Tuesday March 20, 2012
by Leo Larkin, S&P Capital IQ Equity Analyst, The Outlook
S&P Capital IQ has a positive outlook for gold and gold-related investments for 2012.
Even though the price of gold has risen steadily over the past decade reaching its highest average level ever in 2011, we believe gold will rise further 2012, for five reasons. We also look at a trio of gold stocks and two ETFs.
First, the Federal Reserve is committed to keeping short-term interest rates near zero through 2014, so we see no opportunity cost for buying and holding gold anytime soon. Low short-term interest rates reduce the opportunity cost of owning gold.
Second, despite higher gold prices, global mine production has been stagnant for more than a decade.
According to data compiled by Gold Fields Minerals Service, a U.K.-based metals consulting firm, global mine output of gold totaled 2,809 tons in 2011, only 8% more than the 2,602 tons mined 1999.
We believe production will be stagnant for the next several years as well, as old mines are becoming depleted and are not being replaced to the extent needed to significantly lift output.
Third, we expect that greater volatility in the world’s major currencies will increase demand for gold as a monetary reserve asset.
We also believe that China and other countries that hold a large portion of their foreign exchange reserves in U.S. dollars will ultimately diversify their assets out of the dollar and into gold.
Also, we think that gold will rise in all currencies due to the implementation of quantitative easing policies by central banks worldwide.
Fourth, we think that gold demand will benefit from ever increasing concerns about the credit quality of international sovereign debt. In our view, the threat of sovereign debt defaults increases the appeal of gold as a safe haven.
Finally, we believe that strong growth in the U.S. monetary base and the M-2 money supply will the catalyst for a further rise in the price of gold later this year due to increased concerns regarding inflation.
We note that the monetary base rose by 29% in 2011 while the M-2 money supply expanded by 9.4%. More recently, the monetary base was up 23.3% year over year through February 24, while the M-2 money supply was up 10.2% year over year through February 13.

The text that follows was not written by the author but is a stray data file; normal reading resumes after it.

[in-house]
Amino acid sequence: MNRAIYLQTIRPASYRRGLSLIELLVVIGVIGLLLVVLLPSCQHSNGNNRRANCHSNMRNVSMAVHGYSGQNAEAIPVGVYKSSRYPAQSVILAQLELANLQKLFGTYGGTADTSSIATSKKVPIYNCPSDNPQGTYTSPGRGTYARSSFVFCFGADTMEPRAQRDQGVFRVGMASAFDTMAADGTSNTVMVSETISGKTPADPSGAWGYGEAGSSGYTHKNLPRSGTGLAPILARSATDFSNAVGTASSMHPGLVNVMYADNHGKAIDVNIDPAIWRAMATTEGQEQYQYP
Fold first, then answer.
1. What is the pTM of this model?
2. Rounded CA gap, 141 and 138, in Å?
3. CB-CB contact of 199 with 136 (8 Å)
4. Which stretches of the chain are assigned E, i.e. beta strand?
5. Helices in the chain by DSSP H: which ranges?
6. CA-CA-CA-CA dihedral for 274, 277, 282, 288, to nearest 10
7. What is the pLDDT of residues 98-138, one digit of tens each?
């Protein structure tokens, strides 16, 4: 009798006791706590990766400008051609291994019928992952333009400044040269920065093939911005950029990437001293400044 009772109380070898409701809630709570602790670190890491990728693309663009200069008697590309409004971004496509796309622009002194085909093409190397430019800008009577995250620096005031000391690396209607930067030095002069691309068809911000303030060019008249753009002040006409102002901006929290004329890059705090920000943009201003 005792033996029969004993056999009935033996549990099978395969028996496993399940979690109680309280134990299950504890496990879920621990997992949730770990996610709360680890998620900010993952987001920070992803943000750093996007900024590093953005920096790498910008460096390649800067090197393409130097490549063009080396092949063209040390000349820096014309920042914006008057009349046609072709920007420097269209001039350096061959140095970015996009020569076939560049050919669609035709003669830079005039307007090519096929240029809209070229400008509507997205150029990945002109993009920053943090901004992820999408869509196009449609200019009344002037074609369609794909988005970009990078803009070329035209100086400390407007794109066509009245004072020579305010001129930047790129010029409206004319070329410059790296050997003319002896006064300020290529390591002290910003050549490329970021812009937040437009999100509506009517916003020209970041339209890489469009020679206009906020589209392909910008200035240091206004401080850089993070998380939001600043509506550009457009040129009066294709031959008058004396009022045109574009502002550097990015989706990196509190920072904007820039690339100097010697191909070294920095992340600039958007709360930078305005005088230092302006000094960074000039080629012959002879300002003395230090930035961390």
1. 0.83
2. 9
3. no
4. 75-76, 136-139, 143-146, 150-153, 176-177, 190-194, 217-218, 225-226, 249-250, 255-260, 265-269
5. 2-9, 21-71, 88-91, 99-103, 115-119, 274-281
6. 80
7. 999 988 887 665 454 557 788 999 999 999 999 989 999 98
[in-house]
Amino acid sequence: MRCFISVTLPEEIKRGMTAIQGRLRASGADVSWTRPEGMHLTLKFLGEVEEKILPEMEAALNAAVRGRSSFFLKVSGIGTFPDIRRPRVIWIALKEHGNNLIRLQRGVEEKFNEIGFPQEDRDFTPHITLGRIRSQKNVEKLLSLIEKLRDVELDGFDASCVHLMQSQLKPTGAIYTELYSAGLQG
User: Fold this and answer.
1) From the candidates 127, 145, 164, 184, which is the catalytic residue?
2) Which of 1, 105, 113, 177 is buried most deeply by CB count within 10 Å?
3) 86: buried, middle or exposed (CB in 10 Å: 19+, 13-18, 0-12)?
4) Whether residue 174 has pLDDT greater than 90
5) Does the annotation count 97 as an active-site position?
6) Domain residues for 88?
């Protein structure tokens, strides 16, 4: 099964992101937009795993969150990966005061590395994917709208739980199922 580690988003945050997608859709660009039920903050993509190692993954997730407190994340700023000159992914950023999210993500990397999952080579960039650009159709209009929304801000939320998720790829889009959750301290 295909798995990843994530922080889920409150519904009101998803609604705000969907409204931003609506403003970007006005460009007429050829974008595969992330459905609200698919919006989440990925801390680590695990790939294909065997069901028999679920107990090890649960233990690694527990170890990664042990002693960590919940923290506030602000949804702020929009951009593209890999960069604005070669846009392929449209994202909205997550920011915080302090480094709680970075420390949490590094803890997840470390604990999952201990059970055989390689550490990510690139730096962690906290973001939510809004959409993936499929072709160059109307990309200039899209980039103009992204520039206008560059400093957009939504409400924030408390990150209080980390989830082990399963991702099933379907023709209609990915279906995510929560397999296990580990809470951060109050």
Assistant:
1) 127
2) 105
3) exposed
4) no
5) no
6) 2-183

Based on our expectation for a further rise in the gold price in 2012, we look for another sizable gain in earnings for the three gold companies that we follow: Randgold Resources (GOLD), Newmont Mining (NEM) and Barrick Gold (ABX).
For the group in aggregate, we forecast earnings-per- share growth of 40% in 2012 over 2011, with the bulk of the projected gain coming from Randgold Resources. Aggregate earnings for this group soared 57% in 2011.
Following a 10% rise in 2011, to $1,564 per oz. and a 13% advance through late February, we believe that gold will trade in a sideways pattern for the balance of 2012 before ending the year at $1,900 per oz, up about 21%.
For investors seeking to own gold stocks through an ETF, we think one of the best ways is through the Market Vectors Gold Miners (GDX).
The fund holds 31 gold and silver stocks in its portfolio, including three covered by S&P Capital IQ equity analysts. The holdings in GDX are a blend of large-cap, more slowly growing senior gold producers and faster-growing, mid- cap and small-cap producers.
Investors interested in a more aggressive approach to gold stocks might consider the Market Vectors Junior Gold Miners (GDXJ). The fund has assets of $2.5 billion. Its holdings consist of a total of 81 small and medium-cap gold and silver mining companies.
In contrast to the more established producing companies in GDX, many of the companies held by GDXJ are early-stage exploration companies with little or no production and limited access to financing.
Consequently, this ETF tends to be more volatile and could be especially vulnerable to a downturn in the gold price, in our view.
At the same time, GDXJ would be expected to outperform GDX in a rapidly rising gold price environment, by our analysis.
Learn more about this financial newsletter at S&P The Outlook.